Written by Jack Ewing
Congress has allocated billions of dollars to build a network of electric vehicle charging stations along major U.S. highways. Quebec already has one, reaching deep into the province. The system offers a glimpse of how essential access to charging will be to the success of electric cars.
I decided recently to try Quebec’s network on my way to visit a lithium mine in La Corne, a small town about 350 miles northwest of Montreal, for an article about battery raw materials.
Getting to La Corne in my Ford Mustang Mach-E seemed like a stretch. But then I learned of the Electric Circuit, a chain of charging stations built by Hydro-Québec, the province’s public utility.
There are fast chargers at regular intervals along the highway leading to Val d’Or, the city where I stayed. Electric Circuit has 3,700 chargers in Quebec, including 700 high-voltage units that can recharge a car in less than an hour. That’s almost twice as many fast chargers as New York state has, even though Quebec has fewer than half as many people. (Quebec does have more than 10 times the land mass of New York.) Hydro-Québec plans to have 2,500 fast chargers by 2030.
“Our goal was to make sure that all of Quebec was accessible,” said Jonathan Côté, spokesperson for the utility.
The network, fed almost entirely by hydroelectric plants, looked good on paper, but seven months of electric vehicle ownership had taught me that many public chargers don’t work. I hoped that the Electric Circuit would be different.
The network is not yet everywhere. There is a gap of about 150 miles along Route 117, the highway I would take to Val d’Or. The electrical grid in the area, site of a large game preserve, is too spotty to reliably support a high-performance fast charger.
My Mustang, the all-wheel-drive base model, has a range of about 210 miles, but that’s under ideal conditions with a full charge. Normally, I charge to 80% to preserve battery life — something most automakers and battery experts recommend — which gives me a usable range of around 170 miles. Not a huge margin for error.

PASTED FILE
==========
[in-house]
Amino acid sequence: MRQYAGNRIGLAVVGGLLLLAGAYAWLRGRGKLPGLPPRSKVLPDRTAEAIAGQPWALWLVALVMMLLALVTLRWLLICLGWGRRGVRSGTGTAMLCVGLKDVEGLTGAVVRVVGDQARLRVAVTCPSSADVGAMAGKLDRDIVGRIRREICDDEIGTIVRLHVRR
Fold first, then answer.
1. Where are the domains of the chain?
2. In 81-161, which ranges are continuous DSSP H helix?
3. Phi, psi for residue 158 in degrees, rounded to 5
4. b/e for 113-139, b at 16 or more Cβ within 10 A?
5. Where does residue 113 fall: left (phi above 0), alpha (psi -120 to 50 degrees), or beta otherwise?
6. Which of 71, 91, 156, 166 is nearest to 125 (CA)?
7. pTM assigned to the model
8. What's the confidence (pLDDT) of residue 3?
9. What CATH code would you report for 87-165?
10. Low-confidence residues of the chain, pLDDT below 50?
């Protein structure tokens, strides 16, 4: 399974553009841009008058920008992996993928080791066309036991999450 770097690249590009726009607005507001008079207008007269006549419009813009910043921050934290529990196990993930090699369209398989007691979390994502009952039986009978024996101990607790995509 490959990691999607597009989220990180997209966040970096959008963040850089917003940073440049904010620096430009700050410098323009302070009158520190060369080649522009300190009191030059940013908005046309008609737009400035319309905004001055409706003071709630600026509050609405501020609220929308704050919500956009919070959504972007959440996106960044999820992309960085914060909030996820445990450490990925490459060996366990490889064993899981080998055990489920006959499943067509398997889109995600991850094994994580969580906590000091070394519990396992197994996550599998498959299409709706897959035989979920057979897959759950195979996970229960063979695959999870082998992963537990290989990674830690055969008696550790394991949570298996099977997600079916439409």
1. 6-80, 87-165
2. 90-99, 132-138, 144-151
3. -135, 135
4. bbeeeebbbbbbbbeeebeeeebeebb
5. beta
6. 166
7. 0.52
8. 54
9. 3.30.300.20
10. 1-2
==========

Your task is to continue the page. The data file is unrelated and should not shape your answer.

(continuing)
Some people who have taken long trips in electric vehicles have been disappointed to discover that doing so requires more planning and involves a lot more uncertainty. No question: Current batteries are not as convenient as a gas tank.
You can view that as an adventure or a pain. Most of the time, I charge at home, which means I don’t spend time at gas stations and save a lot of money. My utility charges the equivalent of about $1 a gallon. The extra time I spend charging on rare road trips seems like a good trade.
I was nervous. At 840 miles, the round trip would be my longest trip in the electric Mustang. It didn’t make me feel any better when I was warned to keep an eye out for moose crossing the highway. Moose mating season was beginning in that part of Quebec, along with bow hunting season. I imagined getting stranded in woods teeming with sex-crazed moose being pursued by people with bows and arrows.
To prepare, I packed the Mustang with a sleeping bag, a tent, and crackers and cheese if I needed to wait for a rescue party. To pay for charges, I downloaded the Electric Circuit app and tried to order a smart card that allows charging where there is no cellphone coverage. But the Electric Circuit website wouldn’t allow me to enter a U.S. address. (Côté, the Hydro-Québec spokesperson, said the utility would look into making the card available south of the border.)
About two hours into the trip, I stopped to charge at a rest area north of Montreal that had a shiny bank of blue-and-white Electric Circuit fast chargers. I had to fiddle with the app a little to get the charger to work; almost all charging stations function a little differently, which can be a headache. But soon it was pumping kilowatts into my battery at a satisfying rate.